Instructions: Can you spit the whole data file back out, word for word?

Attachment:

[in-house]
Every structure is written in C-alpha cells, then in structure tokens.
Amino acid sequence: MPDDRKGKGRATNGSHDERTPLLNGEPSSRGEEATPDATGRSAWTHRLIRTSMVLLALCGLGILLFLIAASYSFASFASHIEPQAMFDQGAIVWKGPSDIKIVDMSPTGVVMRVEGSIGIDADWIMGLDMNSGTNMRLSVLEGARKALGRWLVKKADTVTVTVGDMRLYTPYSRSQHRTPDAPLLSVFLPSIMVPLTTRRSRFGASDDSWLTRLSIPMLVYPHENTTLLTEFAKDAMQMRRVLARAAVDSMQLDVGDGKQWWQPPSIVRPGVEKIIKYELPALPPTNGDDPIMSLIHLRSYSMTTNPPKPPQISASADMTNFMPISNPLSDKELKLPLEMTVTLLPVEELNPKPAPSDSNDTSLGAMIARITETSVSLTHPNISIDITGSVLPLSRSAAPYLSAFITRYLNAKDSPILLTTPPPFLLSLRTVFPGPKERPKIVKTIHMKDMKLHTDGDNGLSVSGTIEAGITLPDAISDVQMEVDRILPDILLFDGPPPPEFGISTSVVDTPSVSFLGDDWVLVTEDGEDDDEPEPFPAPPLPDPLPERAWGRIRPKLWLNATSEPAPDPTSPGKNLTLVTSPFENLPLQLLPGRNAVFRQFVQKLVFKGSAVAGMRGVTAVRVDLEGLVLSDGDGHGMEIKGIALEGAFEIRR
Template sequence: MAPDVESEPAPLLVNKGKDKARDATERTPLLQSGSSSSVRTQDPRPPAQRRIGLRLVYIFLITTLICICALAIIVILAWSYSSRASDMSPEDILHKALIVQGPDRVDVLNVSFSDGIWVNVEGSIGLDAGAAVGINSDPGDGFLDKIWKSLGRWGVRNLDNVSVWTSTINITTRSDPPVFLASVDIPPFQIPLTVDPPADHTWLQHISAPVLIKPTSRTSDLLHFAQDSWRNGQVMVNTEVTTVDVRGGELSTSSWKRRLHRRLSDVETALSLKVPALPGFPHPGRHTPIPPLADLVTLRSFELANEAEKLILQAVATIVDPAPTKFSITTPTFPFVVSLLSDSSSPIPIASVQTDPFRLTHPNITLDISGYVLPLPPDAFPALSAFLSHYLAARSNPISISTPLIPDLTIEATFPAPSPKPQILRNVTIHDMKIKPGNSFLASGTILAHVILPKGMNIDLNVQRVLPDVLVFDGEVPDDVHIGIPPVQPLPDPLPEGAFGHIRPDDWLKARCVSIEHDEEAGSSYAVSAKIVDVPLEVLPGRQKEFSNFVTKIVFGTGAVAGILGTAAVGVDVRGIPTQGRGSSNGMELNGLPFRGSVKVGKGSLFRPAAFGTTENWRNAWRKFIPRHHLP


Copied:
[in-house]
Every structure is written in C-alpha cells, then in structure tokens.
Amino acid sequence: MPDDRKGKGRATNGSHDERTPLLNGEPSSRGEEATPDATGRSAWTHRLIRTSMVLLALCGLGILLFLIAASYSFASFASHIEPQAMFDQGAIVWKGPSDIKIVDMSPTGVVMRVEGSIGIDADWIMGLDMNSGTNMRLSVLEGARKALGRWLVKKADTVTVTVGDMRLYTPYSRSQHRTPDAPLLSVFLPSIMVPLTTRRSRFGASDDSWLTRLSIPMLVYPHENTTLLTEFAKDAMQMRRVLARAAVDSMQLDVGDGKQWWQPPSIVRPGVEKIIKYELPALPPTNGDDPIMSLIHLRSYSMTTNPPKPPQISASADMTNFMPISNPLSDKELKLPLEMTVTLLPVEELNPKPAPSDSNDTSLGAMIARITETSVSLTHPNISIDITGSVLPLSRSAAPYLSAFITRYLNAKDSPILLTTPPPFLLSLRTVFPGPKERPKIVKTIHMKDMKLHTDGDNGLSVSGTIEAGITLPDAISDVQMEVDRILPDILLFDGPPPPEFGISTSVVDTPSVSFLGDDWVLVTEDGEDDDEPEPFPAPPLPDPLPERAWGRIRPKLWLNATSEPAPDPTSPGKNLTLVTSPFENLPLQLLPGRNAVFRQFVQKLVFKGSAVAGMRGVTAVRVDLEGLVLSDGDGHGMEIKGIALEGAFEIRR
Template sequence: MAPDVESEPAPLLVNKGKDKARDATERTPLLQSGSSSSVRTQDPRPPAQRRIGLRLVYIFLITTLICICALAIIVILAWSYSSRASDMSPEDILHKALIVQGPDRVDVLNVSFSDGIWVNVEGSIGLDAGAAVGINSDPGDGFLDKIWKSLGRWGVRNLDNVSVWTSTINITTRSDPPVFLASVDIPPFQIPLTVDPPADHTWLQHISAPVLIKPTSRTSDLLHFAQDSWRNGQVMVNTEVTTVDVRGGELSTSSWKRRLHRRLSDVETALSLKVPALPGFPHPGRHTPIPPLADLVTLRSFELANEAEKLILQAVATIVDPAPTKFSITTPTFPFVVSLLSDSSSPIPIASVQTDPFRLTHPNITLDISGYVLPLPPDAFPALSAFLSHYLAARSNPISISTPLIPDLTIEATFPAPSPKPQILRNVTIHDMKIKPGNSFLASGTILAHVILPKGMNIDLNVQRVLPDVLVFDGEVPDDVHIGIPPVQPLPDPLPEGAFGHIRPDDWLKARCVSIEHDEEAGSSYAVSAKIVDVPLEVLPGRQKEFSNFVTKIVFGTGAVAGILGTAAVGVDVRGIPTQGRGSSNGMELNGLPFRGSVKVGKGSLFRPAAFGTTENWRNAWRKFIPRHHLP